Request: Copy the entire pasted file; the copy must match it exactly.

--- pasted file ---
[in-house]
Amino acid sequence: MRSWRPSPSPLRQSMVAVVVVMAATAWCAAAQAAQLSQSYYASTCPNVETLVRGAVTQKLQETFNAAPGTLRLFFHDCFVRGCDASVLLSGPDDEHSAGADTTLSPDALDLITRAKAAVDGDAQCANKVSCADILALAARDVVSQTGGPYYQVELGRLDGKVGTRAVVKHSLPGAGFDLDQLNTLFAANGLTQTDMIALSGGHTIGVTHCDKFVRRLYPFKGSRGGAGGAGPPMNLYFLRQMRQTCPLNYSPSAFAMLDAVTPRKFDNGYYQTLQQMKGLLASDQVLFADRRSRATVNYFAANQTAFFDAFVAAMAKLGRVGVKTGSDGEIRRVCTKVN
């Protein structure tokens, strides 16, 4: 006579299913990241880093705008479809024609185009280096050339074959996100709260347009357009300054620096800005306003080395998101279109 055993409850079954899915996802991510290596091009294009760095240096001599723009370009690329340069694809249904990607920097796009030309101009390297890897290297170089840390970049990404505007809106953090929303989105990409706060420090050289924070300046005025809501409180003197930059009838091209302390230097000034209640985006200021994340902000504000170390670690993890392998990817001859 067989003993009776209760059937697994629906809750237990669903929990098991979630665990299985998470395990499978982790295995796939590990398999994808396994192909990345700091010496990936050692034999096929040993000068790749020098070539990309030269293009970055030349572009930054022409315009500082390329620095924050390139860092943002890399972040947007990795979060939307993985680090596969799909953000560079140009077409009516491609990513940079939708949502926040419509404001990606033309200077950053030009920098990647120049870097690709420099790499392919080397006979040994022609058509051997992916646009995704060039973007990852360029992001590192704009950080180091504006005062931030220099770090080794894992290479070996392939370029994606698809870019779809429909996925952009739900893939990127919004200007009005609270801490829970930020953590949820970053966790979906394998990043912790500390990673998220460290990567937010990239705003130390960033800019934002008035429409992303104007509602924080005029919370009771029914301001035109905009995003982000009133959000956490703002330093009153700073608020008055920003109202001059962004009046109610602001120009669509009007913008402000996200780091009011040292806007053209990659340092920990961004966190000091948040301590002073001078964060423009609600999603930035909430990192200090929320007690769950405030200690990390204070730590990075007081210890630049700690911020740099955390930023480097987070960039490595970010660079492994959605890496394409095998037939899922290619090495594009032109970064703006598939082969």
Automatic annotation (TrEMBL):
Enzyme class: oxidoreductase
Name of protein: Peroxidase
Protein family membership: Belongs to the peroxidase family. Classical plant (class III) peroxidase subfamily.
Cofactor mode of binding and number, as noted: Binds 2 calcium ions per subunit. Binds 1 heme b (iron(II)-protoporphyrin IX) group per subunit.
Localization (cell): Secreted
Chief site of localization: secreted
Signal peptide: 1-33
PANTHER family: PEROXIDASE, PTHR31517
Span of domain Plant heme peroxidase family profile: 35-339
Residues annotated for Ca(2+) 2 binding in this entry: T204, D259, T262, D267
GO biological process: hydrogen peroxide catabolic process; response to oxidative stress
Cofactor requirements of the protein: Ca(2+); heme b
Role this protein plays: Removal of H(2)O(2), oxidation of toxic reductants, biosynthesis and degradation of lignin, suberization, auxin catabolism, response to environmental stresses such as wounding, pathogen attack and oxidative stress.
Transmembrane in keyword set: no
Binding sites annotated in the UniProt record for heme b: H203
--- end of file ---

[in-house]
Amino acid sequence: MRSWRPSPSPLRQSMVAVVVVMAATAWCAAAQAAQLSQSYYASTCPNVETLVRGAVTQKLQETFNAAPGTLRLFFHDCFVRGCDASVLLSGPDDEHSAGADTTLSPDALDLITRAKAAVDGDAQCANKVSCADILALAARDVVSQTGGPYYQVELGRLDGKVGTRAVVKHSLPGAGFDLDQLNTLFAANGLTQTDMIALSGGHTIGVTHCDKFVRRLYPFKGSRGGAGGAGPPMNLYFLRQMRQTCPLNYSPSAFAMLDAVTPRKFDNGYYQTLQQMKGLLASDQVLFADRRSRATVNYFAANQTAFFDAFVAAMAKLGRVGVKTGSDGEIRRVCTKVN
């Protein structure tokens, strides 16, 4: 006579299913990241880093705008479809024609185009280096050339074959996100709260347009357009300054620096800005306003080395998101279109 055993409850079954899915996802991510290596091009294009760095240096001599723009370009690329340069694809249904990607920097796009030309101009390297890897290297170089840390970049990404505007809106953090929303989105990409706060420090050289924070300046005025809501409180003197930059009838091209302390230097000034209640985006200021994340902000504000170390670690993890392998990817001859 067989003993009776209760059937697994629906809750237990669903929990098991979630665990299985998470395990499978982790295995796939590990398999994808396994192909990345700091010496990936050692034999096929040993000068790749020098070539990309030269293009970055030349572009930054022409315009500082390329620095924050390139860092943002890399972040947007990795979060939307993985680090596969799909953000560079140009077409009516491609990513940079939708949502926040419509404001990606033309200077950053030009920098990647120049870097690709420099790499392919080397006979040994022609058509051997992916646009995704060039973007990852360029992001590192704009950080180091504006005062931030220099770090080794894992290479070996392939370029994606698809870019779809429909996925952009739900893939990127919004200007009005609270801490829970930020953590949820970053966790979906394998990043912790500390990673998220460290990567937010990239705003130390960033800019934002008035429409992303104007509602924080005029919370009771029914301001035109905009995003982000009133959000956490703002330093009153700073608020008055920003109202001059962004009046109610602001120009669509009007913008402000996200780091009011040292806007053209990659340092920990961004966190000091948040301590002073001078964060423009609600999603930035909430990192200090929320007690769950405030200690990390204070730590990075007081210890630049700690911020740099955390930023480097987070960039490595970010660079492994959605890496394409095998037939899922290619090495594009032109970064703006598939082969």
Automatic annotation (TrEMBL):
Enzyme class: oxidoreductase
Name of protein: Peroxidase
Protein family membership: Belongs to the peroxidase family. Classical plant (class III) peroxidase subfamily.
Cofactor mode of binding and number, as noted: Binds 2 calcium ions per subunit. Binds 1 heme b (iron(II)-protoporphyrin IX) group per subunit.
Localization (cell): Secreted
Chief site of localization: secreted
Signal peptide: 1-33
PANTHER family: PEROXIDASE, PTHR31517
Span of domain Plant heme peroxidase family profile: 35-339
Residues annotated for Ca(2+) 2 binding in this entry: T204, D259, T262, D267
GO biological process: hydrogen peroxide catabolic process; response to oxidative stress
Cofactor requirements of the protein: Ca(2+); heme b
Role this protein plays: Removal of H(2)O(2), oxidation of toxic reductants, biosynthesis and degradation of lignin, suberization, auxin catabolism, response to environmental stresses such as wounding, pathogen attack and oxidative stress.
Transmembrane in keyword set: no
Binding sites annotated in the UniProt record for heme b: H203